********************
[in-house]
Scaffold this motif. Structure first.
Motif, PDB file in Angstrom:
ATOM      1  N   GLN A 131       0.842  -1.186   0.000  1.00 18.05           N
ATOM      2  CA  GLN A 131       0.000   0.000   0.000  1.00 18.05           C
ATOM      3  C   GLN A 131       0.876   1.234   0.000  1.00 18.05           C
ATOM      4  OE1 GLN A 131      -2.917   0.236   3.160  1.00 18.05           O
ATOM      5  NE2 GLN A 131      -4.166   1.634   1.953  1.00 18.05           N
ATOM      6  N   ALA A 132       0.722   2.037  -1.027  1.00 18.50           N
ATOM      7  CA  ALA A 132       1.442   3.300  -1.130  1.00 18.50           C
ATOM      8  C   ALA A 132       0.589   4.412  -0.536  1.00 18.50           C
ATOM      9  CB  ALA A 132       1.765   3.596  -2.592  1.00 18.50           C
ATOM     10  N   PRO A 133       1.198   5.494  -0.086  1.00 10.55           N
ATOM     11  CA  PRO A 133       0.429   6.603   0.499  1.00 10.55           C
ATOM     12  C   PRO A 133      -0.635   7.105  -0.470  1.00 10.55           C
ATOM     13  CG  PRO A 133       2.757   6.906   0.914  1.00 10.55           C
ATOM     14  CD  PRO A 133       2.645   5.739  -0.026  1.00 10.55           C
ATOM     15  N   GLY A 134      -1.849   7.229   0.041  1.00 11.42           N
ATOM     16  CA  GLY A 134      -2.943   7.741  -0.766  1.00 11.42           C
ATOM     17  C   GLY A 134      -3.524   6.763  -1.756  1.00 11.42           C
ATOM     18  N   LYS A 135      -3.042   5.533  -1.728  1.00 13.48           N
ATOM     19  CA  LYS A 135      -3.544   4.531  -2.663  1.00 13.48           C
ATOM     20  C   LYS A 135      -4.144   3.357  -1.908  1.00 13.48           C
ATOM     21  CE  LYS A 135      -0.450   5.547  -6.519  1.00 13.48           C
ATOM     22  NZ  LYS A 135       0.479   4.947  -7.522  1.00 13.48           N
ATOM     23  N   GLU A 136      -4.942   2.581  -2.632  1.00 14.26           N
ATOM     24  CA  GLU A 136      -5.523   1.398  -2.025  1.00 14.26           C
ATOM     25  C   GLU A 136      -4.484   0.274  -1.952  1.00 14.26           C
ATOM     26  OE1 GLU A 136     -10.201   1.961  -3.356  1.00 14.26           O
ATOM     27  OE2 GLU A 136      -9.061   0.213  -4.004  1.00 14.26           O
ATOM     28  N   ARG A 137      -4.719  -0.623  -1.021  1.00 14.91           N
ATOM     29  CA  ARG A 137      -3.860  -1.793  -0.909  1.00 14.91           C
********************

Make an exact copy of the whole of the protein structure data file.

[in-house]
Scaffold this motif. Structure first.
Motif, PDB file in Angstrom:
ATOM      1  N   GLN A 131       0.842  -1.186   0.000  1.00 18.05           N
ATOM      2  CA  GLN A 131       0.000   0.000   0.000  1.00 18.05           C
ATOM      3  C   GLN A 131       0.876   1.234   0.000  1.00 18.05           C
ATOM      4  OE1 GLN A 131      -2.917   0.236   3.160  1.00 18.05           O
ATOM      5  NE2 GLN A 131      -4.166   1.634   1.953  1.00 18.05           N
ATOM      6  N   ALA A 132       0.722   2.037  -1.027  1.00 18.50           N
ATOM      7  CA  ALA A 132       1.442   3.300  -1.130  1.00 18.50           C
ATOM      8  C   ALA A 132       0.589   4.412  -0.536  1.00 18.50           C
ATOM      9  CB  ALA A 132       1.765   3.596  -2.592  1.00 18.50           C
ATOM     10  N   PRO A 133       1.198   5.494  -0.086  1.00 10.55           N
ATOM     11  CA  PRO A 133       0.429   6.603   0.499  1.00 10.55           C
ATOM     12  C   PRO A 133      -0.635   7.105  -0.470  1.00 10.55           C
ATOM     13  CG  PRO A 133       2.757   6.906   0.914  1.00 10.55           C
ATOM     14  CD  PRO A 133       2.645   5.739  -0.026  1.00 10.55           C
ATOM     15  N   GLY A 134      -1.849   7.229   0.041  1.00 11.42           N
ATOM     16  CA  GLY A 134      -2.943   7.741  -0.766  1.00 11.42           C
ATOM     17  C   GLY A 134      -3.524   6.763  -1.756  1.00 11.42           C
ATOM     18  N   LYS A 135      -3.042   5.533  -1.728  1.00 13.48           N
ATOM     19  CA  LYS A 135      -3.544   4.531  -2.663  1.00 13.48           C
ATOM     20  C   LYS A 135      -4.144   3.357  -1.908  1.00 13.48           C
ATOM     21  CE  LYS A 135      -0.450   5.547  -6.519  1.00 13.48           C
ATOM     22  NZ  LYS A 135       0.479   4.947  -7.522  1.00 13.48           N
ATOM     23  N   GLU A 136      -4.942   2.581  -2.632  1.00 14.26           N
ATOM     24  CA  GLU A 136      -5.523   1.398  -2.025  1.00 14.26           C
ATOM     25  C   GLU A 136      -4.484   0.274  -1.952  1.00 14.26           C
ATOM     26  OE1 GLU A 136     -10.201   1.961  -3.356  1.00 14.26           O
ATOM     27  OE2 GLU A 136      -9.061   0.213  -4.004  1.00 14.26           O
ATOM     28  N   ARG A 137      -4.719  -0.623  -1.021  1.00 14.91           N
ATOM     29  CA  ARG A 137      -3.860  -1.793  -0.909  1.00 14.91           C